While Hawaii has made some progress in diversifying its energy sector, it’s still the most oil-reliant state in the U.S., according to new statistics from the Hawaii State Energy Office.
The annual, 43-page report released Thursday is full of graphs and numbers meant to quantify the state’s progress on its clean energy goals. A 2015 law required 100% of electricity needs to come from renewable resources.
The state still has much work to do before it accomplishes that goal.
In 2018, About 84% of Hawaii’s energy needs depended on petroleum. That’s down from 90% in 2003, according to the report.
“As the only state still primarily reliant on oil-fired electrical generation, and with a significant demand for jet fuel, Hawaii depends more on petroleum for its energy needs than does any other state,” the report says.
Petroleum also accounts for 60% of Hawaii’s imports.
And in 2019, the majority of imported crude oil came from Libya (57%) followed by Russia (34%) South Sudan (5%) and Argentina (4%).
Air transportation accounts for a third of Hawaii’s oil usage, followed closely by ground transportation and electric power generation.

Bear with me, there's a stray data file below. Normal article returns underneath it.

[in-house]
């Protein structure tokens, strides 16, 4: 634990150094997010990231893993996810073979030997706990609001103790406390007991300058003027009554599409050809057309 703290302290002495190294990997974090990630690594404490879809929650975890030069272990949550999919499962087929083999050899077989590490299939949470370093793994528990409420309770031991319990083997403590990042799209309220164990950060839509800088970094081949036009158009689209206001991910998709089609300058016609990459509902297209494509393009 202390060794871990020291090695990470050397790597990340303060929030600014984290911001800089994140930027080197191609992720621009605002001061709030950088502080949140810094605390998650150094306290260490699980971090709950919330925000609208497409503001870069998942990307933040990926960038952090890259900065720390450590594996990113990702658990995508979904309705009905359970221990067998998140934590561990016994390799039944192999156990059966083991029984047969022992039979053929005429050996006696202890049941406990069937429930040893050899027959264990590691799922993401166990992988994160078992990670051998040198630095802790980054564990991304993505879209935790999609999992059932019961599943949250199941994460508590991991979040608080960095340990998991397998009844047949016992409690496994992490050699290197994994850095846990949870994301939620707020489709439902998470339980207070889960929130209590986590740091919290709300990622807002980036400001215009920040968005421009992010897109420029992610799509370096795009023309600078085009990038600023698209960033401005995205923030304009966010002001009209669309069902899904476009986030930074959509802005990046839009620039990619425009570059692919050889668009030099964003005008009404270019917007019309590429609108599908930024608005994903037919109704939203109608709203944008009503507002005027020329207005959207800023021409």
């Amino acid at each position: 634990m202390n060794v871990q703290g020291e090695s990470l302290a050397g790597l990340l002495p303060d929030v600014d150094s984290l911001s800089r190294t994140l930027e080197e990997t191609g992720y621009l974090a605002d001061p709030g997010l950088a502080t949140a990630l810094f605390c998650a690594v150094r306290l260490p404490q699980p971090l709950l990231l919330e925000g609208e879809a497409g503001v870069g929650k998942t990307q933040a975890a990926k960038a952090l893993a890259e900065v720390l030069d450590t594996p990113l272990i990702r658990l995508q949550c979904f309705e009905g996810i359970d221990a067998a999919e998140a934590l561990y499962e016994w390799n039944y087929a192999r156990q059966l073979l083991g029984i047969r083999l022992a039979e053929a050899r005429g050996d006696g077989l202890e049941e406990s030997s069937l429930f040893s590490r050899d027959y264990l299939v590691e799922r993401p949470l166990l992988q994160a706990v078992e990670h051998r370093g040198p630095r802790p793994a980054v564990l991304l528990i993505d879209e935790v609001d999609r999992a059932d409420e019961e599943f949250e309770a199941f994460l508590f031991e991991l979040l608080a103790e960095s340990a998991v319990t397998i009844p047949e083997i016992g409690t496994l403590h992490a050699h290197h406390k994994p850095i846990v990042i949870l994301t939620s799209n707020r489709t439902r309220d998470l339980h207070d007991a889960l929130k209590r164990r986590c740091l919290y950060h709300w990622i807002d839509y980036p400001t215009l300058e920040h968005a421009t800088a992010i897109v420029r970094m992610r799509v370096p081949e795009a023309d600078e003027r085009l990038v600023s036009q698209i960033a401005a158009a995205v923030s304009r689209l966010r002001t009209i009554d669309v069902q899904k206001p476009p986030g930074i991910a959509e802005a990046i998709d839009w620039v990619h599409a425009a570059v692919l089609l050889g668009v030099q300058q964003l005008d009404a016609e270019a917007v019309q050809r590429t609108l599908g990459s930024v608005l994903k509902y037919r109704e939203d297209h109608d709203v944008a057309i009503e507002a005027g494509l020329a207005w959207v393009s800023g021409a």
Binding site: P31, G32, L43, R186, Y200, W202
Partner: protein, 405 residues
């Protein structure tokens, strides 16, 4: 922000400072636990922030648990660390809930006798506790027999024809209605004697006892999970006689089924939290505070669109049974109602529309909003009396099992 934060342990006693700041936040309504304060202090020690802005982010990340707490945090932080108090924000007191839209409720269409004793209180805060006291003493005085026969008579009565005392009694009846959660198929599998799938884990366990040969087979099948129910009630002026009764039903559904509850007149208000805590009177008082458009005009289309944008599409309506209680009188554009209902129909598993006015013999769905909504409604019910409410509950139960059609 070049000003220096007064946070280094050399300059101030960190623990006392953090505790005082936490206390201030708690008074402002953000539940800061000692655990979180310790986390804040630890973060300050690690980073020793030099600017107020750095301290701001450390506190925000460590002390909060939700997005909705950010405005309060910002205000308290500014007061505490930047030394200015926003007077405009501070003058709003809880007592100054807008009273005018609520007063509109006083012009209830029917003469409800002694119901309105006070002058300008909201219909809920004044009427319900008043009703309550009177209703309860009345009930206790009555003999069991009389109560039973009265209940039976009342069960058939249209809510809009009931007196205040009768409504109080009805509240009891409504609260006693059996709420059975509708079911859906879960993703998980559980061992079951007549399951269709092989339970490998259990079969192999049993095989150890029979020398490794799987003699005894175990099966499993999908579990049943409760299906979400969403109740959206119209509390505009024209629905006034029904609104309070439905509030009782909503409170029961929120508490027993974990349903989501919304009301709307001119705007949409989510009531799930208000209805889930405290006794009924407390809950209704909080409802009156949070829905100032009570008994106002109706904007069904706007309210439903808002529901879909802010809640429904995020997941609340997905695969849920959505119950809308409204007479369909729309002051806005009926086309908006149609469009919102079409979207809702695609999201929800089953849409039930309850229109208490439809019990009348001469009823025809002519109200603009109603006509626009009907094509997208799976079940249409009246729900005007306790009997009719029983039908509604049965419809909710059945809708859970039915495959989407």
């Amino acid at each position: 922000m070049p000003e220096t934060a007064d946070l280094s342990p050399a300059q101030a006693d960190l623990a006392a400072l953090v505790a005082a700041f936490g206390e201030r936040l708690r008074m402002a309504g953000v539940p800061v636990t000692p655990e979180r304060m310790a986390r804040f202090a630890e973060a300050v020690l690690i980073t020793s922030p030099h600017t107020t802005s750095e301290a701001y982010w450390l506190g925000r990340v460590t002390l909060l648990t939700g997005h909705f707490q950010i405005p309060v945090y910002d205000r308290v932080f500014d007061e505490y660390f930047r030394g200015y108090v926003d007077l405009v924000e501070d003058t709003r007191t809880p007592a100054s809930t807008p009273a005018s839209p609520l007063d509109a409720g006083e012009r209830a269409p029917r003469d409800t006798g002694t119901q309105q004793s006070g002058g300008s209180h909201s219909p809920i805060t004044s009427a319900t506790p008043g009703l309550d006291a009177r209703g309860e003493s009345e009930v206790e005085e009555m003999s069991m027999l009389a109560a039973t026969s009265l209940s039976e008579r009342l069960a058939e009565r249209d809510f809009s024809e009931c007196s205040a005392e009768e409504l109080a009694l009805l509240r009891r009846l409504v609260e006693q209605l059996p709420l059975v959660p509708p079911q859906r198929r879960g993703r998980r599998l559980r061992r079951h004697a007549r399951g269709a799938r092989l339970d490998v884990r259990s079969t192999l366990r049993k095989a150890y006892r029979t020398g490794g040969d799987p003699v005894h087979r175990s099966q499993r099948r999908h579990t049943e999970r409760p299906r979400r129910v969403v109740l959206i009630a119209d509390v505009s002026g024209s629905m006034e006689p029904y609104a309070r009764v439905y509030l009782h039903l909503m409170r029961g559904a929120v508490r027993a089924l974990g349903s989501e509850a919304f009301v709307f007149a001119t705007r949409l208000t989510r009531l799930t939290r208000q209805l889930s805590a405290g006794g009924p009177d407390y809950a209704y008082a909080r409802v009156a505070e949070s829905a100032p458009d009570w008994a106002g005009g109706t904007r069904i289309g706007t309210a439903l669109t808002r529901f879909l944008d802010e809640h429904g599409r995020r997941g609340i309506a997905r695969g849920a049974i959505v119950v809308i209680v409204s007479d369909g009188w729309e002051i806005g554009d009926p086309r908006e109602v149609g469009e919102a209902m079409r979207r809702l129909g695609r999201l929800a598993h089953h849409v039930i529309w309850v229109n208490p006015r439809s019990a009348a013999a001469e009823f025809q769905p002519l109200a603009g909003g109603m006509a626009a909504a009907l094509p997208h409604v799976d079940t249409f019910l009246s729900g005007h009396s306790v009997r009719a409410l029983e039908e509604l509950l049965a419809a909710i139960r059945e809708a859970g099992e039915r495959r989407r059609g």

Last year, fossil fuels accounted for 75% of electric production in the state while renewable energy, which includes solar, wind and biomass, only accounted for about 20%.
Meanwhile, the average electricity prices in Hawaii are more than twice the national average, and appear to have nearly doubled since 2001.
Much of the data provided in the new issue of “Hawaii’s Energy Facts and Figures” comes from 2019 or years prior. Data from 2020, including analysis of how the COVID-19 pandemic has impacted the energy sector, should be available in next year’s report, according to a press release.
Sign up for our FREE morning newsletter and face each day more informed.
Quality journalism takes time.
A story that takes fives minutes to read often takes days to report.
Quality journalism takes time and resources to produce, but with support from readers like you, Civil Beat can investigate issues and publish stories that are otherwise difficult to fund.
Blaze Lovell is a reporter for Civil Beat and a graduate of the University of Nevada, Las Vegas. He was born and raised on Oahu. You can reach him at firstname.lastname@example.org or follow him on Twitter at @blaze_lovell